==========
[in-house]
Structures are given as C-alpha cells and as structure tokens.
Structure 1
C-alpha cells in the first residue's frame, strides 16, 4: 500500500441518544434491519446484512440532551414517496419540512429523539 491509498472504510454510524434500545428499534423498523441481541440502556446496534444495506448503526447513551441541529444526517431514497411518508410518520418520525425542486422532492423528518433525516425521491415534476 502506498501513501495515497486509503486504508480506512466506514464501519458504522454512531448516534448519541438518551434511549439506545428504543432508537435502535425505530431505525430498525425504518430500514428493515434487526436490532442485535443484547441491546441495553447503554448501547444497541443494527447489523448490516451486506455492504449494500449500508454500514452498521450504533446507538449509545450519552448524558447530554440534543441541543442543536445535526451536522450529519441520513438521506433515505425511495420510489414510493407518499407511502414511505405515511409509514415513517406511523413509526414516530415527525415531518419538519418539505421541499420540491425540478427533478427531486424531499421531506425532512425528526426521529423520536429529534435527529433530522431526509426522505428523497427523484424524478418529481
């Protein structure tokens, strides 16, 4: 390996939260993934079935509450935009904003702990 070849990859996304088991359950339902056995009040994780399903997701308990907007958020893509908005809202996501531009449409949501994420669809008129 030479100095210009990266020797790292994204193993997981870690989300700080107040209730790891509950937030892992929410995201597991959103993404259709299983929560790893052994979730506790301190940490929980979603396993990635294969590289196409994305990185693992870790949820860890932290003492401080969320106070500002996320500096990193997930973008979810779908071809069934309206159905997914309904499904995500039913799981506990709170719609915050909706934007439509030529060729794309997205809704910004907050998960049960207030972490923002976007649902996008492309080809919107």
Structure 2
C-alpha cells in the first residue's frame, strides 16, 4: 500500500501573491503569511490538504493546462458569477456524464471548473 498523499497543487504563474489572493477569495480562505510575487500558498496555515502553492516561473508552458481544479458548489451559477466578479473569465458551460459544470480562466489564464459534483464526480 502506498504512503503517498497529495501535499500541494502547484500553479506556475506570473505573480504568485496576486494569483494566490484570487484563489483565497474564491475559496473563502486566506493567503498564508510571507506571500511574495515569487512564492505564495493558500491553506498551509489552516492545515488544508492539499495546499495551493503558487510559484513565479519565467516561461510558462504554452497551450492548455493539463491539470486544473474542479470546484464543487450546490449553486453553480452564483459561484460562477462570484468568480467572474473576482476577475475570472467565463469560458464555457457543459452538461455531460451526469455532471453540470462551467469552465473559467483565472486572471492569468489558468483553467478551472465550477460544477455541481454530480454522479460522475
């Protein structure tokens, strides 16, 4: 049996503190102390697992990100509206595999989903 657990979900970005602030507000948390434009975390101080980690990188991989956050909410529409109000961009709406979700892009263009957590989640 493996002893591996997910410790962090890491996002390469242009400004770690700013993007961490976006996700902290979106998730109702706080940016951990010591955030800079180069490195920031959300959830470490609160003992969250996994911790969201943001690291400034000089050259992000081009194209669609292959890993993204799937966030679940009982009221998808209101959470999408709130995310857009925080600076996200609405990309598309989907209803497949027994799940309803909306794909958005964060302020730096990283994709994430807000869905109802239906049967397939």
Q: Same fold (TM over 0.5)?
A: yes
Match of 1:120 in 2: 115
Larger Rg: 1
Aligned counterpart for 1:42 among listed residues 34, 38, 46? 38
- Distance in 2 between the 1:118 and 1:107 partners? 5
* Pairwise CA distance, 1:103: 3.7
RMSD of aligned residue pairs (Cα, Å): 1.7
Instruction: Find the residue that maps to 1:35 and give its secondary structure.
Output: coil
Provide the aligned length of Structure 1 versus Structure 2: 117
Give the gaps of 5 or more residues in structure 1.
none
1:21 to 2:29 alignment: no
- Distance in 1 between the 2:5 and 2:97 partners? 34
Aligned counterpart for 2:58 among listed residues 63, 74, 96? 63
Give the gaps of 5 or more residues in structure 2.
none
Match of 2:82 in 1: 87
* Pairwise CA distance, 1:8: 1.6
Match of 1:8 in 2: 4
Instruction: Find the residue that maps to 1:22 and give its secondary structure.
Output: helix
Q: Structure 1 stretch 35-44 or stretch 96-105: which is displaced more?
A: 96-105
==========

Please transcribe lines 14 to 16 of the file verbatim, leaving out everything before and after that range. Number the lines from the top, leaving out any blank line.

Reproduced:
- Distance in 2 between the 1:118 and 1:107 partners? 5
* Pairwise CA distance, 1:103: 3.7
RMSD of aligned residue pairs (Cα, Å): 1.7